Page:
Sholeh, Glasgow

Tradeston isn’t the first area of the city that springs to mind when you think of great food. This neglected and grimy enclave south of the Clyde seems to have been on the cusp of regeneration for years without ever quite getting there. But a few plucky restaurateurs have taken the plunge and opened up here, perhaps anticipating residual footfall from Springfield Quay just along the road. So with Sholeh, a restaurant offering traditional Persian cuisine, we’re off the beaten path. But is it worth your while to wander across the footbridge from the Broomielaw for lunch?

As you approach the restaurant you could be forgiven for answering a resounding “no chance”. Paint peels from weather worn cladding and the brick and glass frontage doesn’t immediately scream Persia. But once inside, a warm welcome and a cosy booth start to redeem the place. No it’s not going to win any design awards but it’s clean and comfortable in marked contrast to the dilapidated exterior.

Hummus, Salad-e Olivieh & Persian Naan - Sholeh, Glasgow
Hummus, Salad-e Olivieh & Persian Naan – Sholeh, Glasgow

With this obvious lack of kerb appeal, it’s left to the food to save the day. Persian cuisine is all about roasted meats, hearty stews and flat breads with dips, and all of these are present and correct on Sholeh’s menu. A mere £7.50 will get you two courses from a generously varied lunch menu. Starting with bread and dips might sound boring but when done so well it’s anything but. The house-made hummus was zesty and fresh while the salad-e olivieh made for a surprisingly tasty accompaniment. Think somewhere between egg mayo and chicken salad with some added chunky vegetables. Both of these were just begging to be scooped up in a big piece of hot Persian naan bread. That bread, incidentally, is incredible. Hot, thin and stretched to the size of a small duvet, it had a smoky sesame flavour that I couldn’t get enough of.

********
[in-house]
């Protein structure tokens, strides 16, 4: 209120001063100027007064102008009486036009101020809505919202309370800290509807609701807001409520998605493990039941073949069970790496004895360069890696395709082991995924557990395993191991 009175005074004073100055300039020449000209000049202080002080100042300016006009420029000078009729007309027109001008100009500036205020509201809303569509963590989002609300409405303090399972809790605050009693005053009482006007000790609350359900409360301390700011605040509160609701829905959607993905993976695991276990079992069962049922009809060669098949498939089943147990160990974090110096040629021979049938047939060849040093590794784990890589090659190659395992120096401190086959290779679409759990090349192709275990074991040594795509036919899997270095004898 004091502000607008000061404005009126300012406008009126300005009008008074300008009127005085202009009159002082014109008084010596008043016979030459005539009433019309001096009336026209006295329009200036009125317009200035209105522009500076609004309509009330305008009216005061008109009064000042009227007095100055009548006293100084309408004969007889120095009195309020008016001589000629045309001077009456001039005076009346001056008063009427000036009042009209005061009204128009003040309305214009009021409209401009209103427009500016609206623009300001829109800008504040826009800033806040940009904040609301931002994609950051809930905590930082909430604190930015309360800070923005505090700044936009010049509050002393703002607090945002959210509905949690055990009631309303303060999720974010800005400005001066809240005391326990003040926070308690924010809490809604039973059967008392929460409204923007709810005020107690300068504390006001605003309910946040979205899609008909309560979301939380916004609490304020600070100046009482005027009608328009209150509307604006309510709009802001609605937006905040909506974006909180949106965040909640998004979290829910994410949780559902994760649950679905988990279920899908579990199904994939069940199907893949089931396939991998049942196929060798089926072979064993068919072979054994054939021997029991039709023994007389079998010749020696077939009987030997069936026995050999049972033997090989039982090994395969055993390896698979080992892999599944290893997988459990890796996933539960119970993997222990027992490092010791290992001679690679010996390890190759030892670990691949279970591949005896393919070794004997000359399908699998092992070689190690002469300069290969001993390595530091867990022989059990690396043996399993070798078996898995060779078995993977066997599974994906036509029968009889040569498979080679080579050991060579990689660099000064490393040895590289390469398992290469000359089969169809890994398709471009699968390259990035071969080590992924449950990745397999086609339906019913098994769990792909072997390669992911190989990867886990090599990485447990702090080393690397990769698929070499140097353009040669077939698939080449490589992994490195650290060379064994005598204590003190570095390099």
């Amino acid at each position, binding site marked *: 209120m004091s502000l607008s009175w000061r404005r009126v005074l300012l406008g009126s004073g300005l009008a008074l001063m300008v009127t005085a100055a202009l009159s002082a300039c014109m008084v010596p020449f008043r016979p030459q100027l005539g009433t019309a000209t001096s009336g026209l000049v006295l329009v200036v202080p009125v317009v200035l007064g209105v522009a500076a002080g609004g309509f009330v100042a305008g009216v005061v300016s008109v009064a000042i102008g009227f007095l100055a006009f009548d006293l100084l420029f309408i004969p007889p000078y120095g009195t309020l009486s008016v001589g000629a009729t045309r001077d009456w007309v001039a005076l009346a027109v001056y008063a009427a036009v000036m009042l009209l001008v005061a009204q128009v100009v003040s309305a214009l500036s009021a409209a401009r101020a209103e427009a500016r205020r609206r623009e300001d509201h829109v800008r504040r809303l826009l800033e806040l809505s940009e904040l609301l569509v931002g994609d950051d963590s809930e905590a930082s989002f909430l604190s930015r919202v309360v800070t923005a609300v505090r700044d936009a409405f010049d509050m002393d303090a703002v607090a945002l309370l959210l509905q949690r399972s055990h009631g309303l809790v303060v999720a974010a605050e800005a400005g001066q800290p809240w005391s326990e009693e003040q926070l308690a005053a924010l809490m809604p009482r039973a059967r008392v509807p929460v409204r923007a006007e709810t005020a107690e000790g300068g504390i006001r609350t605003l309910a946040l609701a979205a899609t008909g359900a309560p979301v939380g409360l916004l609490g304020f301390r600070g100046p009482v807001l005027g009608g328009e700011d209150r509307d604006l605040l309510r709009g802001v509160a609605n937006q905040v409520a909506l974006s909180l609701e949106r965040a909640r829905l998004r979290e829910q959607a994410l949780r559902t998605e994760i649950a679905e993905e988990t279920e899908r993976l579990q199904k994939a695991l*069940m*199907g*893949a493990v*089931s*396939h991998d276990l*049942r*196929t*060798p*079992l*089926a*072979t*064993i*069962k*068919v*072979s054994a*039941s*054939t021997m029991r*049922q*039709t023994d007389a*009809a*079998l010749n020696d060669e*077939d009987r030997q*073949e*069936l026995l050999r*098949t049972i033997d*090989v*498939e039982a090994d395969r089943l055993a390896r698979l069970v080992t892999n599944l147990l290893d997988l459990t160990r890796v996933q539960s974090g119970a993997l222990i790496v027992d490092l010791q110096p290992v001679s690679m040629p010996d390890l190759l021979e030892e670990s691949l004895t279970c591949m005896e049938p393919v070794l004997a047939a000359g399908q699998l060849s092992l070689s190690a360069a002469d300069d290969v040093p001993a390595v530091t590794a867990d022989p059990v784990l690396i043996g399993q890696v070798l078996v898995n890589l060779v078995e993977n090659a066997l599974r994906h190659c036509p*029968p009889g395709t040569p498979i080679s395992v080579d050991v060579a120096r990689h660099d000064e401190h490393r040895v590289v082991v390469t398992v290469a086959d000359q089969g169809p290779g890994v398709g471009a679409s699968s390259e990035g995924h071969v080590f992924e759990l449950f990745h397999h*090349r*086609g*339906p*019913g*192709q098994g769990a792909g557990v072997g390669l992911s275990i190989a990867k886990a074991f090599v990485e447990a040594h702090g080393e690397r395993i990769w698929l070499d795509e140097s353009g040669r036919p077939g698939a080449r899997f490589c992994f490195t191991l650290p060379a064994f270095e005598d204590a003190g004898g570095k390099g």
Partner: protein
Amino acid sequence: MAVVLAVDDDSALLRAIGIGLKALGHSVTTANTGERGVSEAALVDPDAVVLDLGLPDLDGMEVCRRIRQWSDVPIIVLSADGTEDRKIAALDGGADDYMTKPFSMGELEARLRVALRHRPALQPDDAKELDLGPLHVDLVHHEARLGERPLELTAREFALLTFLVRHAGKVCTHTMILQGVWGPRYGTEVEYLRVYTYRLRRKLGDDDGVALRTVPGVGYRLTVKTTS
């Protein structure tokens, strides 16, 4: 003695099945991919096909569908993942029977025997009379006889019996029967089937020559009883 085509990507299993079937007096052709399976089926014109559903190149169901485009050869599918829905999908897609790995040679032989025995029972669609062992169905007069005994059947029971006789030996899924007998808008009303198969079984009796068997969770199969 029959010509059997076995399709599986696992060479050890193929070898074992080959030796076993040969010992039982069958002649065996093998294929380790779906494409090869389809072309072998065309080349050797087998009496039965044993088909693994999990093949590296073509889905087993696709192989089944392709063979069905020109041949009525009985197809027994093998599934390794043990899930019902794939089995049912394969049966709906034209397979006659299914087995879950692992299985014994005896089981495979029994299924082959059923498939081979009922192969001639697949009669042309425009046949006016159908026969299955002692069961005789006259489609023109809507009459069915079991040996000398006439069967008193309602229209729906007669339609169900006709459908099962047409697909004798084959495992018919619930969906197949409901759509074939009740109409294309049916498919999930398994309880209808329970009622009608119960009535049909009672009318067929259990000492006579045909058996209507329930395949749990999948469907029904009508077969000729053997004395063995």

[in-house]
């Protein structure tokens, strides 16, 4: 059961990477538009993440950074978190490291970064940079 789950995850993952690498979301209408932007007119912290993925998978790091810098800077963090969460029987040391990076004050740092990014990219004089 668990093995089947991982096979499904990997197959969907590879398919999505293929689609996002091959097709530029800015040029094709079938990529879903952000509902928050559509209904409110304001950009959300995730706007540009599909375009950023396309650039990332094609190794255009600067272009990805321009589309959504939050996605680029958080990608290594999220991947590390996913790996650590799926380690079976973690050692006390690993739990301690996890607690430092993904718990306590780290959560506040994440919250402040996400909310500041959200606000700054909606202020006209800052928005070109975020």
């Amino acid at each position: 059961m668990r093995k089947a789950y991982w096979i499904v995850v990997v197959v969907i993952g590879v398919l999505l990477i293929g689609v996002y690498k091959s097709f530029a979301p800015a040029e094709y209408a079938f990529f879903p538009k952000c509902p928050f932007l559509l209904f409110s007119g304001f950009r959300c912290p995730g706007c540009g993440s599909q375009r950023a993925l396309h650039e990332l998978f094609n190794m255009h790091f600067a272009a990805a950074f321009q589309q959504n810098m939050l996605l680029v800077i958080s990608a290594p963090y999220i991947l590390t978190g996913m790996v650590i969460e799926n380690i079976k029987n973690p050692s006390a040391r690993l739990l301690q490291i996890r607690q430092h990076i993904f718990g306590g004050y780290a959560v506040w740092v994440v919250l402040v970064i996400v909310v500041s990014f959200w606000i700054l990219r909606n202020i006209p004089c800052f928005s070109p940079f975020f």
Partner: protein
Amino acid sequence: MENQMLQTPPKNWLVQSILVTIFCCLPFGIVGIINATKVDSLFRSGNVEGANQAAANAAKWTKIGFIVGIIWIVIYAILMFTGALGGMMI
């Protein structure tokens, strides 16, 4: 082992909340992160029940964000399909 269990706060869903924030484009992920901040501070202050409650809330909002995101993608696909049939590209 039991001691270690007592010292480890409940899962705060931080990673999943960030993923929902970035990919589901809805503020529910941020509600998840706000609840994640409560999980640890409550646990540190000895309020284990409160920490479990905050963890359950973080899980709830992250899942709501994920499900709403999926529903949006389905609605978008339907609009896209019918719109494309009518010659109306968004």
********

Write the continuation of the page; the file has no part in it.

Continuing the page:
Boneless Chicken - Sholeh, Glasgow
Boneless Chicken – Sholeh, Glasgow

Next up for me was a skewer of boneless, marinated chicken served with saffron rice and roasted tomato and peppers. It’s the simplest sort of food: meat, starch, vegetable. But when it’s so simple it needs to be spot on. The chicken was perfectly seasoned and the garlic and lemon marinade tenderised as well as adding a burst of flavour. The roasted tomato and pepper were sweetly smoky and the saffron rice was another triumph: fluffy, pungently flavoured and incredibly moreish. So much so I almost neglected the second duvet we’d ordered to accompany the main courses.

Boneless Chicken - Sholeh, Glasgow
Boneless Chicken – Sholeh, Glasgow

On the other side of the table things were going just as well. It was chicken once again, but this time Zereshk Polo ba Morgh. This is a slow-cooked, succulent chicken leg simmered in a sweet and sour sauce and served with saffron rice bejeweled with zereshk berries (common barberries to you and me). The chicken fell pleasingly to bits at the merest prod and the sauce was rich and complex. The rice, studded with berries and flaked almonds, was great once again.

Zereshk Polo ba Morgh - Sholeh, Glasgow
Zereshk Polo ba Morgh – Sholeh, Glasgow

Sholeh isn’t going to win you over with slick good looks or a killer location. So it’s important for their continued survival that the food delivers. On this evidence it does that and then some. Middle Eastern food might struggle to find fans in Glasgow, as evidenced by the recent demise of Great Western Road’s “Persia” and “Anatolia” from the city centre. That’s a pity, but it might be a matter of bad marketing. “Babs” has recently opened to great acclaim, perhaps demonstrating a slightly more brute force approach to hawking their wares. Their strapline is “Kebabs done right”, and it’s a ballsy claim, but it also leaves you in no doubt as to what to expect. Maybe it’s time for the likes of Sholeh to show them how it should be done.

The food was great and the bill was comically tiny. Two starters, two mains, three soft drinks, two naans and two coffees for a touch under £30. And those flat breads might just be the best £1.80 you can spend anywhere in the city.

  • Food
  • Value
  • Service
The Good

Great value

That bread...

Attentive service

The Bad

Out of the way location

Exterior is poorly maintained

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